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Who Created This Monster?

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Amid calls for revanche, a  young French woman interviewed by the BBC asked, “Who created this monster?” Indeed, who or what gave life to a movement that revels  in beheadings and mass executions of persons not committed to the new Caliphate? Does the fervor of Muslim extremists stem from passages in the Koran? Is it the result of brainwashing by serpent-tongued mullahs? The product of training manuals  and social  media calling on good Muslims to wreak havoc among the non-believers? What would extremists do without the weapons smuggled to France from the Balkans?

Each question is valid and suggests part of the answer.  But few Westerners dwell on the roles played by their imperial past in fostering fanaticism and campaigns to destroy alien influences and recreate past glories.

French empire builders  in the 19th century claimed a mission civilatrice to subdue and civilize the natives abroad;  English leaders,  a “white man’s burden”;  Americans, a “manifest destiny.”  Late-comer imperialists in Belgium, Germany, and elsewhere devised their own rationales.

Following the “Great War” France and Britain partitioned the Ottoman Empire and imposed the very problematic borders of  today’s  Middle East. Indifferent to ethnic and religious complexity, Europeans nurtured the seeds of today’s civil wars. In some places they put Sunnis under Shia domination; in others they mixed Muslims, Christians, and Jews and hoped to rule them from Paris or London. Aggravating other conflicts, Great Britain pledged self-rule to Arabs even as it promised a national homeland for Jews. When Israel became a state in 1948, London gifted Washington an enduring dilemma. U.S. policymakers sought to be “even handed,” but when push came to shove, Washington sided with Israel regardless the harm to America’s  interests in the Arab world. The United States as well as Israel then became a target for Muslim activists.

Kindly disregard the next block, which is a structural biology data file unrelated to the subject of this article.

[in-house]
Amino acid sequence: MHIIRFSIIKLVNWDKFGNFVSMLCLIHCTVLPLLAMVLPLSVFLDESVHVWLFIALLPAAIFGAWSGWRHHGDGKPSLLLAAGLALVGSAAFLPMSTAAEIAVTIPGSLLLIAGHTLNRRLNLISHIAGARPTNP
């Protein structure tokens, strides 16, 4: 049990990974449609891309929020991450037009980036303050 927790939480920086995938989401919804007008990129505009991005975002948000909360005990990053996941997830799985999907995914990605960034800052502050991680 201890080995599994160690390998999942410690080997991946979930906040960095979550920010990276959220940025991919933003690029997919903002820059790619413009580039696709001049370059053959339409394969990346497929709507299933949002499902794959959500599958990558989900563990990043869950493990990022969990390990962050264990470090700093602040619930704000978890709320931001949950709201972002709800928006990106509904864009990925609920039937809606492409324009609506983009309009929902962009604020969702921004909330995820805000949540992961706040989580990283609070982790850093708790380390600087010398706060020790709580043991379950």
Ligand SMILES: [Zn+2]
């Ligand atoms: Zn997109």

Europeans gave to less developed countries a yearning for the bright toys of modern life— automobiles, refrigerators, air conditioning.  They also implanted the idea that every people should shape its own destiny.   Even though drained by World War II, European states sought to hold their colonies against drives for national self-determination. Britain, France, and Israel invaded Egypt in 1956 attempting to stop nationalization  of the Suez Canal. Algeria, though nominally part of France, waged war for more than a dozen years to win its independence,  at a cost of more than a million Algerian  lives.   Morocco gained independence from France and Spain with little bloodshed, but many Moroccans resent Western support for its authoritarian regime. Millions of North Africans and their offspring live in  France and Belgium,  where many seethe with anger at discrimination.

Despite their avowed civilizing mission, Europeans did little to cultivate a respect for law and individual human dignity abroad.  When   Algeria, Egypt, and other European colonies or protectorates finally became independent, many home-grown leaders proved despotic. Their tyrannies and self-aggrandizement often left their subjects destitute and ripe for religious messages to fill gaps in their own lives. Unhappy at  home, many scapegoat the West.

Tout comprendre c’est tout pardonner? If we knew and understood everything, could—should–we then excuse and forgive everything? No. The mix of ostensible religious zeal and self-righteousness shown by many Islamic extremists fills a void.  Many became jihadists after a life on drugs and/or a career in crime. Their degrading treatment of women and disdain for girls’ education are crimes against humanity. Their intolerance toward other religions and ways of life has no place in a globalized and interdependent world.

The international community cannot—should not—pardon criminal acts and must strive to punish and prevent them. If we are to create a better world, however, Westerners need to drop their own self-righteousness. Let the French remember that their Marseillaise is itself a call to resist and destroy foreign invaders. “Marchons! Drench our fields with their tainted blood.”

Hubris and self-righteous conceit will not end hatred and despair. Nor will bombs and drone attacks on militants.  To acknowledge past and present failings and begin to rectify them could do more for peace than revanche.

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Walter Clemens is Professor Emeritus of Political Science at Boston University and Associate, Harvard University Davis Center for Russian and Eurasian Studies. He wrote Complexity Science and World Affairs (SUNY Press, 2013).

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